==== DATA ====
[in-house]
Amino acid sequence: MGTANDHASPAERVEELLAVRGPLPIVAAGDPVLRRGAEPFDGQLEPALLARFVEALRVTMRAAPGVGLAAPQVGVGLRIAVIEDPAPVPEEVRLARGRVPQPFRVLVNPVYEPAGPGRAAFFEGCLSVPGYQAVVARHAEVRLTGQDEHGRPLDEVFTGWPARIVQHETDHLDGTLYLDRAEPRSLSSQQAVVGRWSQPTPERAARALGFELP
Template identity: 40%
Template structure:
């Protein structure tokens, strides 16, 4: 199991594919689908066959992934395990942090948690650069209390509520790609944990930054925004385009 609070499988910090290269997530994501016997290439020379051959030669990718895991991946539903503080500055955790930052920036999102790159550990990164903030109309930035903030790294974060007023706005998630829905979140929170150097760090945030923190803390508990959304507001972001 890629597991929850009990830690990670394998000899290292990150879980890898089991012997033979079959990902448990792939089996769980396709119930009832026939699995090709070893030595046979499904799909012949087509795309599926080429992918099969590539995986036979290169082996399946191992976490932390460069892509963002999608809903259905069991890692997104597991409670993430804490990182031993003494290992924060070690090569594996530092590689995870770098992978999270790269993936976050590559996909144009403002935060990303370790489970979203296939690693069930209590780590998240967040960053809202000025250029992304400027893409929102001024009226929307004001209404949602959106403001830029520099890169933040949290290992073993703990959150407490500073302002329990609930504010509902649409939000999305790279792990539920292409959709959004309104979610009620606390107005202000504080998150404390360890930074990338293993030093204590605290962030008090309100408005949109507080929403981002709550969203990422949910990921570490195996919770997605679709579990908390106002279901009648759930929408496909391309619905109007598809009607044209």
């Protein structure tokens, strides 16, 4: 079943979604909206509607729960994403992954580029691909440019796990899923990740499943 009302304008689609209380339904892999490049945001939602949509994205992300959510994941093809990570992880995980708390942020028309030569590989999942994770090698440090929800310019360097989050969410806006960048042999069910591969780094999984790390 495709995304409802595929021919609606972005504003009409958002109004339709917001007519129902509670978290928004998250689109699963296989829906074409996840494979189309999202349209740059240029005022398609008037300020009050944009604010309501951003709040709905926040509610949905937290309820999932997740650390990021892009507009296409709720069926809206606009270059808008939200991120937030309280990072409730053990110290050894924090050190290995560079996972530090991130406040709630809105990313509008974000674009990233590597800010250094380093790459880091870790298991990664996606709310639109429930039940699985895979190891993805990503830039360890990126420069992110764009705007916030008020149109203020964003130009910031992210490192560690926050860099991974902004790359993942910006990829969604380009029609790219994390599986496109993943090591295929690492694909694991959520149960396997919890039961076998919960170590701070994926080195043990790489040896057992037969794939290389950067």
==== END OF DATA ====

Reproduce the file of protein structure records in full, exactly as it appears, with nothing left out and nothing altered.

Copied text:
[in-house]
Amino acid sequence: MGTANDHASPAERVEELLAVRGPLPIVAAGDPVLRRGAEPFDGQLEPALLARFVEALRVTMRAAPGVGLAAPQVGVGLRIAVIEDPAPVPEEVRLARGRVPQPFRVLVNPVYEPAGPGRAAFFEGCLSVPGYQAVVARHAEVRLTGQDEHGRPLDEVFTGWPARIVQHETDHLDGTLYLDRAEPRSLSSQQAVVGRWSQPTPERAARALGFELP
Template identity: 40%
Template structure:
């Protein structure tokens, strides 16, 4: 199991594919689908066959992934395990942090948690650069209390509520790609944990930054925004385009 609070499988910090290269997530994501016997290439020379051959030669990718895991991946539903503080500055955790930052920036999102790159550990990164903030109309930035903030790294974060007023706005998630829905979140929170150097760090945030923190803390508990959304507001972001 890629597991929850009990830690990670394998000899290292990150879980890898089991012997033979079959990902448990792939089996769980396709119930009832026939699995090709070893030595046979499904799909012949087509795309599926080429992918099969590539995986036979290169082996399946191992976490932390460069892509963002999608809903259905069991890692997104597991409670993430804490990182031993003494290992924060070690090569594996530092590689995870770098992978999270790269993936976050590559996909144009403002935060990303370790489970979203296939690693069930209590780590998240967040960053809202000025250029992304400027893409929102001024009226929307004001209404949602959106403001830029520099890169933040949290290992073993703990959150407490500073302002329990609930504010509902649409939000999305790279792990539920292409959709959004309104979610009620606390107005202000504080998150404390360890930074990338293993030093204590605290962030008090309100408005949109507080929403981002709550969203990422949910990921570490195996919770997605679709579990908390106002279901009648759930929408496909391309619905109007598809009607044209």
């Protein structure tokens, strides 16, 4: 079943979604909206509607729960994403992954580029691909440019796990899923990740499943 009302304008689609209380339904892999490049945001939602949509994205992300959510994941093809990570992880995980708390942020028309030569590989999942994770090698440090929800310019360097989050969410806006960048042999069910591969780094999984790390 495709995304409802595929021919609606972005504003009409958002109004339709917001007519129902509670978290928004998250689109699963296989829906074409996840494979189309999202349209740059240029005022398609008037300020009050944009604010309501951003709040709905926040509610949905937290309820999932997740650390990021892009507009296409709720069926809206606009270059808008939200991120937030309280990072409730053990110290050894924090050190290995560079996972530090991130406040709630809105990313509008974000674009990233590597800010250094380093790459880091870790298991990664996606709310639109429930039940699985895979190891993805990503830039360890990126420069992110764009705007916030008020149109203020964003130009910031992210490192560690926050860099991974902004790359993942910006990829969604380009029609790219994390599986496109993943090591295929690492694909694991959520149960396997919890039961076998919960170590701070994926080195043990790489040896057992037969794939290389950067």